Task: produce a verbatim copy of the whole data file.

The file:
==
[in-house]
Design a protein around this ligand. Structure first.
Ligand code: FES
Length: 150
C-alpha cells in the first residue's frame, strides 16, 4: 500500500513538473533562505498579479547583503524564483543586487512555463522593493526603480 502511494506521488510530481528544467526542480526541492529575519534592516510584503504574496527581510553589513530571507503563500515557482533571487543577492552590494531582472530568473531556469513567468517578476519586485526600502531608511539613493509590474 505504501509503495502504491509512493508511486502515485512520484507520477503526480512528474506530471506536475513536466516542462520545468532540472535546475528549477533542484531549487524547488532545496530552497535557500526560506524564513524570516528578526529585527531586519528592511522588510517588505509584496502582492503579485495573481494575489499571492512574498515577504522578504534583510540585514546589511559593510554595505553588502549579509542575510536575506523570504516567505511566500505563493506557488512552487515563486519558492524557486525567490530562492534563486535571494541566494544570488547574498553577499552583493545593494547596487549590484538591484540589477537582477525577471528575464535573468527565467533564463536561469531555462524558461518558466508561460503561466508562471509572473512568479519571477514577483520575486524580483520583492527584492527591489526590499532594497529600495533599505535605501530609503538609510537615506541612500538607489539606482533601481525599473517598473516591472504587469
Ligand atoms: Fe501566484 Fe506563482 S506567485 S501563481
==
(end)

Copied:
[in-house]
Design a protein around this ligand. Structure first.
Ligand code: FES
Length: 150
C-alpha cells in the first residue's frame, strides 16, 4: 500500500513538473533562505498579479547583503524564483543586487512555463522593493526603480 502511494506521488510530481528544467526542480526541492529575519534592516510584503504574496527581510553589513530571507503563500515557482533571487543577492552590494531582472530568473531556469513567468517578476519586485526600502531608511539613493509590474 505504501509503495502504491509512493508511486502515485512520484507520477503526480512528474506530471506536475513536466516542462520545468532540472535546475528549477533542484531549487524547488532545496530552497535557500526560506524564513524570516528578526529585527531586519528592511522588510517588505509584496502582492503579485495573481494575489499571492512574498515577504522578504534583510540585514546589511559593510554595505553588502549579509542575510536575506523570504516567505511566500505563493506557488512552487515563486519558492524557486525567490530562492534563486535571494541566494544570488547574498553577499552583493545593494547596487549590484538591484540589477537582477525577471528575464535573468527565467533564463536561469531555462524558461518558466508561460503561466508562471509572473512568479519571477514577483520575486524580483520583492527584492527591489526590499532594497529600495533599505535605501530609503538609510537615506541612500538607489539606482533601481525599473517598473516591472504587469
Ligand atoms: Fe501566484 Fe506563482 S506567485 S501563481